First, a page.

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Crab Larvae and Algae Cultivation

Crab larvae [zoeaSmall.jpg]
[Diatoms - crab larvae food, thalgthal.jpg]

There are two cultivation processes conducted by Sara Persselin and researchers at the Kodiak Laboratory - cultivating crab larvae, such as the individuals shown above left (click photo for full image), and cultivating the food that the larval crab eat. Pictured above right is the diatom Thalassiosira sp, cultured from seawater collected from Trident basin just outside the Kodiak Laboratory (see other colorful photos of local diatoms).

Throughout development, from early larval stages to young juveniles, crab cultivated at the Kodiak facilities are used in a variety of studies. Such studies include investigations on larval crab settlement behavior, cannibalism/predation, use of critical habitats, as well as comparative growth studies. Experimentation with different culture containers, as well as static and flow-through seawater systems, is also being conducted to ultimately design an optimal culture system that will provide researchers with larvae (at various stages) for the various research projects.

[millions of Tanner crab larvae, thzcult1.jpg=8KB]

[red king crab larvae; thgrglauco2.jpg=7KB]

[Chroomonas salina culture, thalgredcult.jpg=8KB]

The first step in the crab cultivation process is to collect larvae from individual female crabs that have been isolated from each other. The larvae are then cultivated in 20-liter containers. The picture at left shows them in a lab cold room maintained at an optimum temperature for growth studies of 8 degrees centigrade.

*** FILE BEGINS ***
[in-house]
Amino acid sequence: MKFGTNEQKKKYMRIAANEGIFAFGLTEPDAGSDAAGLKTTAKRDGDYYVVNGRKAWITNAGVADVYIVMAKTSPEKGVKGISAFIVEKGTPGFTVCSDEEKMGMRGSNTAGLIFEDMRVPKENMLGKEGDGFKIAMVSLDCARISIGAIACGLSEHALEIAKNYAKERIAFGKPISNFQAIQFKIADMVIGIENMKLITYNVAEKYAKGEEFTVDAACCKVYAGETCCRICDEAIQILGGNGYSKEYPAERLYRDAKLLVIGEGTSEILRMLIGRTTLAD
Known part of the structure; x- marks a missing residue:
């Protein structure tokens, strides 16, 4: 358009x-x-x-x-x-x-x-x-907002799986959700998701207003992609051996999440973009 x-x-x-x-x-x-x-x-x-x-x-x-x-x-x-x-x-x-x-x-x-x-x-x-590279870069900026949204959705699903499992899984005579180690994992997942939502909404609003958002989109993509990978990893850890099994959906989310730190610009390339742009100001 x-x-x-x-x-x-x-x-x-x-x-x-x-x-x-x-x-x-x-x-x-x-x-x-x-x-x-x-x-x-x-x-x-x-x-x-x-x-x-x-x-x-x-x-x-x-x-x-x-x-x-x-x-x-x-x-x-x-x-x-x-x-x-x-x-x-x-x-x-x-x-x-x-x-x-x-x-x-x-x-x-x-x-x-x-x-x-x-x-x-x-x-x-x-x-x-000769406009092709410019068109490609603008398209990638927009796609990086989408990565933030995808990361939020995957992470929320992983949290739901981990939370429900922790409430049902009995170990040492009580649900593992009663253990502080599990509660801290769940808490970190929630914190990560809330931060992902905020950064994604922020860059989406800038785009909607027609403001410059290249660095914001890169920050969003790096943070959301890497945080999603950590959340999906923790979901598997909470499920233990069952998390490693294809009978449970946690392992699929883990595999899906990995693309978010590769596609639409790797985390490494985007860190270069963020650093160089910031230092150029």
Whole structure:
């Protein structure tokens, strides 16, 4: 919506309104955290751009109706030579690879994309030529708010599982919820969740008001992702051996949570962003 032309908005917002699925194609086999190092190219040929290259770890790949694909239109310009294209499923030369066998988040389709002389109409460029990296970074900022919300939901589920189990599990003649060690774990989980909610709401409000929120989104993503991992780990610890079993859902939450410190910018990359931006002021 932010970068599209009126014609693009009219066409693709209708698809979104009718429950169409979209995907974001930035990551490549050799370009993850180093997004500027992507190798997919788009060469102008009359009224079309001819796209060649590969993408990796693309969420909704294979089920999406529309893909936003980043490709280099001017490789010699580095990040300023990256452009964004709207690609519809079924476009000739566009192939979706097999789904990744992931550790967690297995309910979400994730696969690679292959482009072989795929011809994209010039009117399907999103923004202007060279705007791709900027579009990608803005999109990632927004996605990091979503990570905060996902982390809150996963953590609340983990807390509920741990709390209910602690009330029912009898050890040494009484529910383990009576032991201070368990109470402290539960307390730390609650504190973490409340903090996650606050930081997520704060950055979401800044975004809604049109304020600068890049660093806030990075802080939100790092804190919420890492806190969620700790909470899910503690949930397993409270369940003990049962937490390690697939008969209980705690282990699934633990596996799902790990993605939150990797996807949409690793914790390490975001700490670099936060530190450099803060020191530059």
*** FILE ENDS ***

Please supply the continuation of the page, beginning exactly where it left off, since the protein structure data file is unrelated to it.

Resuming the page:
[volumetrically counted crab larvae, thalglarvol.jpg=7KB]Adult female crabs release variable numbers of larvae daily over a period of time. The photo on the right shows volumetrically the different daily densities of larvae released by three different crab over a five day period.

There are several larval or zoea stages, each one an evolution in body morphology until the organism begins to take on the characteristic shape of a young crab. The growth of juvenile and adult crabs is punctuated by a complex and fascinating process called molting. For example, after hatching out as a planktonic larva, a king crab larva molts 5 times, at 1-2 week intervals, before becoming a small crab. Different species of crab have different numbers of zoeal stages. After a few months, larvae molt to the megalops or glaucothoe (in red king crab) stage. The second photo on the left is of a red king crab glaucothoe, its 5th larval stage. At about 8 degrees centigrade, red king crab settle in approximately 64 days. No longer larvae, the juvenile crab settle to the bottom and hide: they are approximately 1.5 mm in length and weigh about 1.30 mg (Dr. Bradley Stevens, unpubl. data).

Microalgae, or phytoplanton, provide crab larvae with nutrients essential to their development and survival. Especially important are certain fatty acids that are not necessarily present in the zooplankton the larvae eat. Although algae on their own cannot fulfill the metabolic needs of red king crab and Tanner larvae, they do increase the survival of larvae in the laboratory when fed in combination with Artemia sp. (brine shrimp) nauplii.  Sara Persselin cultures various flagellated algae including this red brew shown on the left called Chroomonas salina as well as Isochrysis galbana and Dunaliella tertiolecta, and the diatoms Thalassiosira nordenskioeldii and T. aestivalisThalassiosira species are common in Alaskan waters while Isochrysis and Chroomonas are warm water species often used in aquaculture. These five algae were used for Tanner crab larvae survival trials in 2002 to determine which species of algae result in the highest survival rates of larvae.

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